In BriefIt took programmers thousands of lines of codes to send Apollo 11 to the Moon, and now you can access it with ease.
In the mid-1960’s, the technology necessary to develop the software for Apollo 11‘s journey to space (and to the Moon) was yet to be developed. Programmers from the MIT Instrumentation Laboratory came up with the “rope memory,” a new way to store computer programs. They also created a special version of the assembly programming language.
Even for today’s programmers, assembly is difficult to understand because it is made for computers and not humans (obviously).
The programmers from MIT wrote thousands of lines of code for the Apollo Guidance Computer (AGC). Shown in the image is Margaret Hamilton, the project’s director of software engineering, standing next to the stack of papers containing the code…which she single-handedly wrote.
Now, you can get it on GitHub.
First uploaded in 2003 by the tech researcher Ron Burkey, the code has been available for the public for quite a few years now. He had manually typed out each line of the program from the scanned images of the original hard-copies uploaded by MIT. However, it was never as easy to access as it is now.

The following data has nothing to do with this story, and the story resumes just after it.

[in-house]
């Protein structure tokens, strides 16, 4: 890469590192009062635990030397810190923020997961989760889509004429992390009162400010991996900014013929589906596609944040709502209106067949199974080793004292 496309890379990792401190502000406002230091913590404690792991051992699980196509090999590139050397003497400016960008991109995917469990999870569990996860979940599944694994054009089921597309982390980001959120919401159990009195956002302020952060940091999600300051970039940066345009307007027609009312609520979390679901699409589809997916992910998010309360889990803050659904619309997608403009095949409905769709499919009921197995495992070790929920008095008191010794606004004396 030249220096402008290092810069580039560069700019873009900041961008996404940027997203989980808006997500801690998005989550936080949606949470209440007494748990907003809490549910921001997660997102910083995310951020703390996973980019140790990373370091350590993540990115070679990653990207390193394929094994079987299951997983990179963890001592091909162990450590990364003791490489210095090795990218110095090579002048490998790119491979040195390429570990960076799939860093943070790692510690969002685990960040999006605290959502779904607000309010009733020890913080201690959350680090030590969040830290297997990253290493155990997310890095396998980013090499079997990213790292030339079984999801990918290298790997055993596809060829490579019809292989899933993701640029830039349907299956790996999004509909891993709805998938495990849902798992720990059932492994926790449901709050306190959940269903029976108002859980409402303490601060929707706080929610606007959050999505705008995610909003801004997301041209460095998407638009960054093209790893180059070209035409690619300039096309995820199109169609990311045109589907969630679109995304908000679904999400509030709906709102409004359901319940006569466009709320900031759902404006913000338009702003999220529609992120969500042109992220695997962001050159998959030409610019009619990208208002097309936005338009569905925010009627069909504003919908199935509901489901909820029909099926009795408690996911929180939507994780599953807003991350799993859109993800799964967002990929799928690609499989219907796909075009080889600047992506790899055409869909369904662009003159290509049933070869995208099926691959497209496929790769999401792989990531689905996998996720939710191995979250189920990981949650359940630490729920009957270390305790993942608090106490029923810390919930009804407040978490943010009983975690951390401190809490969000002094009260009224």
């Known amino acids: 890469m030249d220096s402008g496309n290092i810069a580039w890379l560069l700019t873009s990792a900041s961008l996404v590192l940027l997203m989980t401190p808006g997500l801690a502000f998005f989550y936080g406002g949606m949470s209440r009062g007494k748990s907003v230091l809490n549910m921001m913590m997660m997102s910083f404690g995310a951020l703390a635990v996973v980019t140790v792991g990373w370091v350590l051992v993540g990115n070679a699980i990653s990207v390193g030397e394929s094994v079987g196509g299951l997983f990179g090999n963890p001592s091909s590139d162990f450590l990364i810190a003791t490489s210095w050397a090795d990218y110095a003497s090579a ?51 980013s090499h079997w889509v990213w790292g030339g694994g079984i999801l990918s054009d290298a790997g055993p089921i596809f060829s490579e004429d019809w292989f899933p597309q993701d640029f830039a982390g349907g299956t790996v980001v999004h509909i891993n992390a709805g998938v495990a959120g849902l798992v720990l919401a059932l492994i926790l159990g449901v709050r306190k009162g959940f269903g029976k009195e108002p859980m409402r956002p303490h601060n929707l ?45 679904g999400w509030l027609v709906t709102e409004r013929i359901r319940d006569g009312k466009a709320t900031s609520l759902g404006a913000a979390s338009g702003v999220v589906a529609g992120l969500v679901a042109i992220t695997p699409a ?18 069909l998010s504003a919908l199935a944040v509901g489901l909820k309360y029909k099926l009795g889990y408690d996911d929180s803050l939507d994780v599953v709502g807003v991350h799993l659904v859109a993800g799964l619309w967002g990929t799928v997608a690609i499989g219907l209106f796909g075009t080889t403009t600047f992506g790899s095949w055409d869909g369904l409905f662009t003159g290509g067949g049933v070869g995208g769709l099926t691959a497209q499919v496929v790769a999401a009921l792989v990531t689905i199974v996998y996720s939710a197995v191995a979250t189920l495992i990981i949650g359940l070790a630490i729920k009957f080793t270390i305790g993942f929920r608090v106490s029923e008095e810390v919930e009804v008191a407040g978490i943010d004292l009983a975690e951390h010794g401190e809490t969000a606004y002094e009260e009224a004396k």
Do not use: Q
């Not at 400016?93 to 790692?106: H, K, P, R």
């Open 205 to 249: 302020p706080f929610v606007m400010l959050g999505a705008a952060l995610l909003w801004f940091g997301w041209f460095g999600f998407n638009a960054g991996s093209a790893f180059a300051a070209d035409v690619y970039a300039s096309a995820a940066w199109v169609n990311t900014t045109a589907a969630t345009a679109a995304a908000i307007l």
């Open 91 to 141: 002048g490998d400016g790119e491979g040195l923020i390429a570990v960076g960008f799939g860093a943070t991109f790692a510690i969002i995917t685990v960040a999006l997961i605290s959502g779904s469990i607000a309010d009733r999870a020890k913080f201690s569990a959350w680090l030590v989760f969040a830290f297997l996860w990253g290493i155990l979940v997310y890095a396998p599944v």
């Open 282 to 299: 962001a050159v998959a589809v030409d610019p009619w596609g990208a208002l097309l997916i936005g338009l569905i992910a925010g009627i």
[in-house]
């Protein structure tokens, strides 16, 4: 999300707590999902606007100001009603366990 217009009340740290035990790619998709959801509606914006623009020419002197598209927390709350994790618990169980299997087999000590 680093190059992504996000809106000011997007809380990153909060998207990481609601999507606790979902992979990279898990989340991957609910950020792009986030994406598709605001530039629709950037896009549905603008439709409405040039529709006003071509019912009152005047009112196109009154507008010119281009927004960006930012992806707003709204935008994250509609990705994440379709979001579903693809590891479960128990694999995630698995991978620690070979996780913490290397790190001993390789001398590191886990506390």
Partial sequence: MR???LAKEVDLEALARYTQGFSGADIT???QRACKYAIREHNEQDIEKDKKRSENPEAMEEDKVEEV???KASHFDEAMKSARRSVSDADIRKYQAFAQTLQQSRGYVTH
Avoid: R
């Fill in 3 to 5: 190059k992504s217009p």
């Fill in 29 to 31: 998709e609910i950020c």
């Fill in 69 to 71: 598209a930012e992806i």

The images MIT uploaded were a bit distorted in some parts and Burkey had to use some of his engineering skills to reconstruct the unreadable parts. Later on, he was able to obtain a readable version from Gary Neff, the person who provided the scanned images. Fortunately, the parts he filled in were 100% correct.
But the code still remained unclear for many software developers.. Luckily, former NASA intern Chris Garry uploaded the software in its entirety to GitHub on July 7th.
Coders who hang out at GitHub began to dissect the comments written by the AGC programmers. The comments are not entirely about how a particular series of lines work though. There are also some silly jokes and very 1960s references.
Watch this video to for the AGC emulation: